50+ Projects In a Single Eclipse Workspace

Fifty or more Eclipse projects for a single medium sized web application is too many! My default rule for an application with a few hundred classes:

  • Use the package system. You can keep your source code in two directories src and test.

Googling around for guidelines for projects and workspaces hasn’t revealed much. And little advice on how to refactor a nasty tangle of projects. The current plan:

  1. Take the java only projects and combine the source code directories one at a time.
  2. Run the tests. OK, legacy system of course very few tests to run. Will have to make do with high level smoke tests in the GUI and some manual checking.
  3. Next, take the same approach with the web projects.
  4. Finally, celebrate a little with a simplified project structure.

My perspective is limited to my experience. Perhaps there are great advantages to having many small projects for a small to medium sized web application. Feel free to comment with any better ideas.

Google Code Reviews

Carl Quinn, a development manager at Google and a member of the Java Posse, mentioned that he spent about 50% of his time on code reviews. Google even has a special code review tool, Mondrian, developed by Guido van Rossum. The features are similar to Crucible.

Google’s warm embrace of lightweight code reviews sets a nice bar. We’ve heard for decades that code reviews or inspections are great for removing defects, keeping the code base maintainable, and mentoring. But…

  • There’s no time, we have code to write.
  • I have a healthy ego, I’m not comfortable with my peers giving me feedback.
  • My code already works, it even passes those unit tests I wrote at the end.
  • Code reviews are just about individual style, not worth the time.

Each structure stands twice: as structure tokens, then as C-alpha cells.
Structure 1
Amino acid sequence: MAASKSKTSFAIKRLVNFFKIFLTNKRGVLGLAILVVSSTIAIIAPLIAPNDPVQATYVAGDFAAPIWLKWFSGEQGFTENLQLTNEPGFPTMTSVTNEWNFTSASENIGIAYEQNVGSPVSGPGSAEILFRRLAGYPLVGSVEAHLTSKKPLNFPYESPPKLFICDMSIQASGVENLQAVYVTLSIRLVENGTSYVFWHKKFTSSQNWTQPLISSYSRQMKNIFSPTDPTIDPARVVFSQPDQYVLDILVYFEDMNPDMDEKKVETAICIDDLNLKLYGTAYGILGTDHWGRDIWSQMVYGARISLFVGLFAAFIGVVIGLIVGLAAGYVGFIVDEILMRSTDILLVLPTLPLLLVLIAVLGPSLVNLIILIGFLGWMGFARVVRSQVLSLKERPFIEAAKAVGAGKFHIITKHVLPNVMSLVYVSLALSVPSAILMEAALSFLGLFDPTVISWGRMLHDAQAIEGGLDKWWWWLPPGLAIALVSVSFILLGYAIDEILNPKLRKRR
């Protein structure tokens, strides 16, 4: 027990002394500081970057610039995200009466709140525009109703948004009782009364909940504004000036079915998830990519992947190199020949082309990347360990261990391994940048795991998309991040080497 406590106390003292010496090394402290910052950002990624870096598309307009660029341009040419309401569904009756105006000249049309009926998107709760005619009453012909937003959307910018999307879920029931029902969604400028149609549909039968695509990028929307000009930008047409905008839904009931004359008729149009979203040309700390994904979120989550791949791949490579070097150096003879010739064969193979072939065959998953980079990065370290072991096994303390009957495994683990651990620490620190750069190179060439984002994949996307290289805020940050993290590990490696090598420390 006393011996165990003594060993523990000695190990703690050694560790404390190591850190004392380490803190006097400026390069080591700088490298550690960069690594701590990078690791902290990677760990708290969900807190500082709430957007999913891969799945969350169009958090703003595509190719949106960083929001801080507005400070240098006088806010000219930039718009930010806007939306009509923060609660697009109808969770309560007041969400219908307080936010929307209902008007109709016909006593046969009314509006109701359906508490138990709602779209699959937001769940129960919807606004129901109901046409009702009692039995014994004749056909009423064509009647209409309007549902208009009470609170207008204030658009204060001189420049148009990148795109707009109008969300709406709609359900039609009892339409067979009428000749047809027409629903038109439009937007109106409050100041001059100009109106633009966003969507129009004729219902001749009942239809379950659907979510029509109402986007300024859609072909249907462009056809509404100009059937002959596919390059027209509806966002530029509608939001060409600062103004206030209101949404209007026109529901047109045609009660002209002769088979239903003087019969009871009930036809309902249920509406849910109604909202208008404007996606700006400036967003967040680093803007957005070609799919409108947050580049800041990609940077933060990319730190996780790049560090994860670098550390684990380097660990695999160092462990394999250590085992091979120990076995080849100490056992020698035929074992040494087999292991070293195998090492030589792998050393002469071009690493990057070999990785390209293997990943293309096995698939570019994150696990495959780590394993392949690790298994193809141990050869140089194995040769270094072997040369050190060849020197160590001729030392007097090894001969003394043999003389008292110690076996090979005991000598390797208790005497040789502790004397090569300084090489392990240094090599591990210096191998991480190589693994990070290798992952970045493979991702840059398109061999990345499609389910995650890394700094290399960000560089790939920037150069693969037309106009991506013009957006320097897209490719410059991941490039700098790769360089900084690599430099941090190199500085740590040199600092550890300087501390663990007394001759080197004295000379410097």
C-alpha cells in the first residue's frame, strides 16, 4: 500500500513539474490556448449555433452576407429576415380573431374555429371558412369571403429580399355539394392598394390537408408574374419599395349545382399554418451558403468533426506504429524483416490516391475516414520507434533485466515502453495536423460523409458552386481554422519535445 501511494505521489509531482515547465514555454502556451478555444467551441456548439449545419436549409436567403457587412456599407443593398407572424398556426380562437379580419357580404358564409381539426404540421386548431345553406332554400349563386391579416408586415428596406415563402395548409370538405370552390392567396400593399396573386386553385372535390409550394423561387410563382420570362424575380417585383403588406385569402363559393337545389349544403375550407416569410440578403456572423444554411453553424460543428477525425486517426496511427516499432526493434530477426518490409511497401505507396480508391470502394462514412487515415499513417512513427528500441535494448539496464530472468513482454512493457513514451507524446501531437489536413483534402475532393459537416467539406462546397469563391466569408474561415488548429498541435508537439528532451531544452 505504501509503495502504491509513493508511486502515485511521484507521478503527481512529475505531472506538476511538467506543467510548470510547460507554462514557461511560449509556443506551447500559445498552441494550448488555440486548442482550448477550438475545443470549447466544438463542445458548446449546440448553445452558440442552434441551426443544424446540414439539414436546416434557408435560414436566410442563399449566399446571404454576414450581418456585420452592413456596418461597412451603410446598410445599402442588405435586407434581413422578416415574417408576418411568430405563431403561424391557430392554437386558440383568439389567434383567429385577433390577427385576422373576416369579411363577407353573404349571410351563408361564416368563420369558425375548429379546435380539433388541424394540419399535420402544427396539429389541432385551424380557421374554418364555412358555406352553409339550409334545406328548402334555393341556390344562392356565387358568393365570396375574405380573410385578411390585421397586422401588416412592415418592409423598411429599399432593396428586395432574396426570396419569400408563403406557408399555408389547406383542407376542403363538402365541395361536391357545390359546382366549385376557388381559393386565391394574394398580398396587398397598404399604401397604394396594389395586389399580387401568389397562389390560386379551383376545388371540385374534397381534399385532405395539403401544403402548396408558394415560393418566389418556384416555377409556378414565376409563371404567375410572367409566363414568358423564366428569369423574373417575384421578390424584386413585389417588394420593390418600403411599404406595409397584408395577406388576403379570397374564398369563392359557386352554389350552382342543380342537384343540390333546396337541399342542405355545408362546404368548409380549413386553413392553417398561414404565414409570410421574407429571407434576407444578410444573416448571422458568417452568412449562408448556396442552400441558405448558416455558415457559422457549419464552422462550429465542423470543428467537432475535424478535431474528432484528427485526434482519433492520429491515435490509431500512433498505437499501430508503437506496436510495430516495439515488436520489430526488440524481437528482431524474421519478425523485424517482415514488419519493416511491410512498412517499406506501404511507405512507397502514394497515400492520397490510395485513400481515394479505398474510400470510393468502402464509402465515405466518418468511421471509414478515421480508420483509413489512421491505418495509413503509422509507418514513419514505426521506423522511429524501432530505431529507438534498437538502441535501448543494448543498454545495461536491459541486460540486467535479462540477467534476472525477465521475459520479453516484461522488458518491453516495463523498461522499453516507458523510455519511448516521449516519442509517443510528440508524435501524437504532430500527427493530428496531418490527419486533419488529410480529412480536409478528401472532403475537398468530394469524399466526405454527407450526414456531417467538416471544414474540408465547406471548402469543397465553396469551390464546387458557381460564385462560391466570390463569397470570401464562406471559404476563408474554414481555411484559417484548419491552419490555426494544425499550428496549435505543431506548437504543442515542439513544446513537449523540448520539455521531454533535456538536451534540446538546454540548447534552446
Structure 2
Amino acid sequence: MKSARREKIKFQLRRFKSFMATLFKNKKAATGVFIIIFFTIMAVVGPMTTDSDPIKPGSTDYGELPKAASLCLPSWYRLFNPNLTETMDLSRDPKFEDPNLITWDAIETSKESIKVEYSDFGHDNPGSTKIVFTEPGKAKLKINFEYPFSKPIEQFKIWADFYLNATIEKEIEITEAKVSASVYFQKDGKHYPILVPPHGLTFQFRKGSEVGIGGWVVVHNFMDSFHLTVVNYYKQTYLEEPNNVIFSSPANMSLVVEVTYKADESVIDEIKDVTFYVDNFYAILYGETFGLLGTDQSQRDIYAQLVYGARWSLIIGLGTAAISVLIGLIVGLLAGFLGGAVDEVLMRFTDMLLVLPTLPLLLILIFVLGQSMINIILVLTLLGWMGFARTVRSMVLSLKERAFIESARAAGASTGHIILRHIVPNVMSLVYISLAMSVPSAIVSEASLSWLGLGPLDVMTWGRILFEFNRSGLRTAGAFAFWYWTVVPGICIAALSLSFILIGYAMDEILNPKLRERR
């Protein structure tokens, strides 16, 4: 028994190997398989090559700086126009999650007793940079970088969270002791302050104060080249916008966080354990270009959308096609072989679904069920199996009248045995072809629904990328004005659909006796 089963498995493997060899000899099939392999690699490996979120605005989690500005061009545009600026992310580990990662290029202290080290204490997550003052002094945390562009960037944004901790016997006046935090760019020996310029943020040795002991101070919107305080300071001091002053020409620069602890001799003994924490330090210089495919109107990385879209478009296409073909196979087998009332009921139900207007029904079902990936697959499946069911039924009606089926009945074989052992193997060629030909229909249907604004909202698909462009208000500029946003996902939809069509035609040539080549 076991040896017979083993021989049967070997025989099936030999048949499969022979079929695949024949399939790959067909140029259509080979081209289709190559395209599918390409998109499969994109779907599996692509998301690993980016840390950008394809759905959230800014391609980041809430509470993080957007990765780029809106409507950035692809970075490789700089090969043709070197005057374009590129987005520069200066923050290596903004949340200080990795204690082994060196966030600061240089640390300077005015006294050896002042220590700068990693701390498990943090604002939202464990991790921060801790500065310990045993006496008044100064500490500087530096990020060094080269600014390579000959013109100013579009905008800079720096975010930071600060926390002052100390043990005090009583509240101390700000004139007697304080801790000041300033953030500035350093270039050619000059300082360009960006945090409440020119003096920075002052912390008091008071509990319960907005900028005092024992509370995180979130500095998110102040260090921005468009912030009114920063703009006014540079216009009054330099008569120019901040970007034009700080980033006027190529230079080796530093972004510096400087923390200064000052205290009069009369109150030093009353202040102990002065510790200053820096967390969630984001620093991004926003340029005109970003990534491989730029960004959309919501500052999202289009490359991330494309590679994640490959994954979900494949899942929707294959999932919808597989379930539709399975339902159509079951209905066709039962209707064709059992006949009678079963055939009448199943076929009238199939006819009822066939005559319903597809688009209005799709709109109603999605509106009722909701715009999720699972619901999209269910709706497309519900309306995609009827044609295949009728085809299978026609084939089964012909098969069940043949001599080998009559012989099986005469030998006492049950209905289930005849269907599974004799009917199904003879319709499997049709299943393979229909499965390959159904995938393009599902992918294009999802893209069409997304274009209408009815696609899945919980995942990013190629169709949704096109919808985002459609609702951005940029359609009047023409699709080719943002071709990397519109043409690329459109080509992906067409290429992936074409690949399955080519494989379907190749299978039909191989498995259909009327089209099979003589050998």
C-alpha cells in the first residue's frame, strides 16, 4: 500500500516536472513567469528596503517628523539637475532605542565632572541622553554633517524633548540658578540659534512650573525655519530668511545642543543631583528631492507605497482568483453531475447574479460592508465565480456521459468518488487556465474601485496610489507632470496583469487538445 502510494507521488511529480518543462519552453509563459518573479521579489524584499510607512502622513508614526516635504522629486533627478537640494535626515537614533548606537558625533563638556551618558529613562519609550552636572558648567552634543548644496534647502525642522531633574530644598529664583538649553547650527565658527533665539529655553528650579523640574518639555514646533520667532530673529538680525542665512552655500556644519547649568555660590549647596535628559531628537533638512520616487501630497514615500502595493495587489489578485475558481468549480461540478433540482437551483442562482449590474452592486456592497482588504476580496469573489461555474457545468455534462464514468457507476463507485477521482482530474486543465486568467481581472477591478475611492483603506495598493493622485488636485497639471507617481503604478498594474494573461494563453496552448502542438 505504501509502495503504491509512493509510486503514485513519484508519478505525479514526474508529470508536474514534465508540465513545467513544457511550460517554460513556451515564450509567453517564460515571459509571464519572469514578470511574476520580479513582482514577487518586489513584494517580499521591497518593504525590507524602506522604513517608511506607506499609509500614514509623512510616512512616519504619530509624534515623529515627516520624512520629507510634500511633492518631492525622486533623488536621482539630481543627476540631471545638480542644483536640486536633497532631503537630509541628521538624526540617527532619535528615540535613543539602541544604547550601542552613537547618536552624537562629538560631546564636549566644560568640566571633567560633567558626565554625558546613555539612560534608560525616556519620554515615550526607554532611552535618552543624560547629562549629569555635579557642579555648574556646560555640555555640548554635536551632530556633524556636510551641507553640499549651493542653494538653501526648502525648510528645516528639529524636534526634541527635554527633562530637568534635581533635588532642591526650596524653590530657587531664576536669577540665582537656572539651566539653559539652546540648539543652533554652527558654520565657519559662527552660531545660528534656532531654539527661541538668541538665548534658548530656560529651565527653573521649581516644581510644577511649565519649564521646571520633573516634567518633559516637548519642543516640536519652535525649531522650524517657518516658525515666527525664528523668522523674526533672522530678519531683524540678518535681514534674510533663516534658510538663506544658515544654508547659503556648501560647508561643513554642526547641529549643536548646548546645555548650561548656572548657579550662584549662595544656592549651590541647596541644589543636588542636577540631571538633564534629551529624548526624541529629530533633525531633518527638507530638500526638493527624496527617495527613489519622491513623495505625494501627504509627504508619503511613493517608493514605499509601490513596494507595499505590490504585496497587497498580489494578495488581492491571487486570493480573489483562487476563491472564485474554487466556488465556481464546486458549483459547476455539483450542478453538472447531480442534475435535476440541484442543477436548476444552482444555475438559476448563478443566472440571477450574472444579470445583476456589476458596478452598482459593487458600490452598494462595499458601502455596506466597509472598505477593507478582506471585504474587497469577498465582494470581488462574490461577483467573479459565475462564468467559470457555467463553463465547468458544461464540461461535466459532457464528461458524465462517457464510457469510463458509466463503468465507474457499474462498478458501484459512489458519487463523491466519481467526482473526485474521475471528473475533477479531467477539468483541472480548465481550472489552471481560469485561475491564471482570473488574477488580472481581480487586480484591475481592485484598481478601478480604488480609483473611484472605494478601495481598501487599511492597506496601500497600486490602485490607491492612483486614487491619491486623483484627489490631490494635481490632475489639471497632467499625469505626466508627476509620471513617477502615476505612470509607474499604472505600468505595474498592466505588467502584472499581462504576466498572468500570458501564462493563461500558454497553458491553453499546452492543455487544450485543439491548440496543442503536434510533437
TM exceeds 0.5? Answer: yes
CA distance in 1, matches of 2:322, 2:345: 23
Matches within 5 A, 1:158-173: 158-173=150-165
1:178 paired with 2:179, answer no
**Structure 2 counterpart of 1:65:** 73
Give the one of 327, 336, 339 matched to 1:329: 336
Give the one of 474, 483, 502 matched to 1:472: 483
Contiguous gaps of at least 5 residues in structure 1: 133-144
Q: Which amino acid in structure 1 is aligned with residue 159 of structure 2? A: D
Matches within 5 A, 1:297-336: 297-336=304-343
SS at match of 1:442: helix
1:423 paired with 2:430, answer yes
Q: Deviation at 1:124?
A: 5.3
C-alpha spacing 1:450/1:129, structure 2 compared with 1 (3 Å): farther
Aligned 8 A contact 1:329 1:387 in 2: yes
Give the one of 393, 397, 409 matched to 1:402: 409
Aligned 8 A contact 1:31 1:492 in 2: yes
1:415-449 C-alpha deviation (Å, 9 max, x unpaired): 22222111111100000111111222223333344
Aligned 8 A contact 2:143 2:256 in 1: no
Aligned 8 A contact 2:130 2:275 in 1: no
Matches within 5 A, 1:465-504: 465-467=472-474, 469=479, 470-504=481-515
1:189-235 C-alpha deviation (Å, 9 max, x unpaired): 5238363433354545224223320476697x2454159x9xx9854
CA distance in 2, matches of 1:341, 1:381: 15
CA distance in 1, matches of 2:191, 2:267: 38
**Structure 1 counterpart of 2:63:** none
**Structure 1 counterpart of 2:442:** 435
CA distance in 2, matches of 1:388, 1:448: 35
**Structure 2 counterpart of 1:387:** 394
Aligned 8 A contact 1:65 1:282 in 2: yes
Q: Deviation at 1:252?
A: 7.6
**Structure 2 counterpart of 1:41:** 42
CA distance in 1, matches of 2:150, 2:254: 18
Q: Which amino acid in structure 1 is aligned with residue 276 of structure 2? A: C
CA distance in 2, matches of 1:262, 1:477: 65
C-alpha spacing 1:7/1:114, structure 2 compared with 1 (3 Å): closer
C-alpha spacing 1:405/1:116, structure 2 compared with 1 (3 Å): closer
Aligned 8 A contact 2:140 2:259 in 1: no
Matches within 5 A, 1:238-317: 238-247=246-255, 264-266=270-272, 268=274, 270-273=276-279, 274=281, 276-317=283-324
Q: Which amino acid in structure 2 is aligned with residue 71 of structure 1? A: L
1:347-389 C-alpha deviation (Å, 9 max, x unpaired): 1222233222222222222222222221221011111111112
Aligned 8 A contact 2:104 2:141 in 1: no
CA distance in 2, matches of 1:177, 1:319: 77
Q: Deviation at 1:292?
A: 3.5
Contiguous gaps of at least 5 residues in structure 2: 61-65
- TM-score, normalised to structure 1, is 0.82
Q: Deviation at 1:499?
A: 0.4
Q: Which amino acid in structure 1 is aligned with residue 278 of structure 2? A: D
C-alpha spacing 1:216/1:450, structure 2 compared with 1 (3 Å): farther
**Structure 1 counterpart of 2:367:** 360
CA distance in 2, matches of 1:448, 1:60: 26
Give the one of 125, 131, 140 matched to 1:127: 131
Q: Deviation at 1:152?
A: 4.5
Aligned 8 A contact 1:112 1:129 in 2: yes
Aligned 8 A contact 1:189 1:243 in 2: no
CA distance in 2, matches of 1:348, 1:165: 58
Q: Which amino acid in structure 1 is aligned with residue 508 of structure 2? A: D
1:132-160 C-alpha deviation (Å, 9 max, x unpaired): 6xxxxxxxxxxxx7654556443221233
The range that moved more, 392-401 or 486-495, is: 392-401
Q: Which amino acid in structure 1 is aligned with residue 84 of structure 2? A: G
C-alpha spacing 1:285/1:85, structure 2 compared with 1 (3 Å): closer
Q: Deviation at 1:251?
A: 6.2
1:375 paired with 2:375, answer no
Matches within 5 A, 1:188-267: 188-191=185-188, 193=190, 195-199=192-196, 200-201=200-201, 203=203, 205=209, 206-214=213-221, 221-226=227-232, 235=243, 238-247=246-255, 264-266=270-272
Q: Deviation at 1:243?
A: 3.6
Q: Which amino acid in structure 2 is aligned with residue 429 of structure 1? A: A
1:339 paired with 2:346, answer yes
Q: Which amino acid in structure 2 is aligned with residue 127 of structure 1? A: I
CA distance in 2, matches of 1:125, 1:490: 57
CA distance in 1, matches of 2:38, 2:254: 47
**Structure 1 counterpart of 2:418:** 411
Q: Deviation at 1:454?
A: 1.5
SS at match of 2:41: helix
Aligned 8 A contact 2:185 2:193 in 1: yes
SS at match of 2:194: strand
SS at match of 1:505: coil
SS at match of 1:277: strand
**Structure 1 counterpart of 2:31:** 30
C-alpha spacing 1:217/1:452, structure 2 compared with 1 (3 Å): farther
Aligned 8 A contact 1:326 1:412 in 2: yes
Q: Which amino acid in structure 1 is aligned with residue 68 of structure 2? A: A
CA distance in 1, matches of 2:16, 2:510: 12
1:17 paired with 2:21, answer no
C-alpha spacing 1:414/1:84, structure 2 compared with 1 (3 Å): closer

• We’ll pair program then we don’t have to do code reviews. Oh, you mean I have to sit with another developer and share a machine? Let me think about those code reviews again.
  • Code reviews, those aren’t Agile.

Can Google’s example win over more developers?

Rich Domain Model Stuck in Legacy System

Brows furrow, fists clench, throats tighten. Our domain logic is lost in legacy systems. I look back at any significant project that interfaces with our mainframe and see lost opportunities. We could have real domain objects interacting with relevant behaviors, but instead we dutifully write dozens of data objects full of getter/setters and little else. We pass off all the business logic and processing to the mainframe.

Even time is a concept we’re asked to check with on the mainframe. Since there’s some strange issues in some of the legacy code and the entire design paradigm was to run everything in a batch mode we can’t even rely on time. Real world time is useless. Setting your time by Network Time Protocol (NTP) is dangerous. Time is just a setting to control when your jobs run.

Mike Witters has seen the anemic domain model as well:

There was almost no logic involved outside of validating UI input. Almost everything from a logic perspective was encapsulated into the legacy systems or database queries: pricing, searches, margin calculations, etc.

We’re still working on it, but if most of your domains are left to your legacy systems you really don’t see the benefits of OO. The promise of a healthy domain driven design remains. Future web mainframe integration projects discussions will center around these ideas.

Amusing Code Comment

try {
  AddressEntityBean addressEntityBean = addressHome.findByCityAndStreet(city, street);
catch (Exception e) {
  //this guy is already gone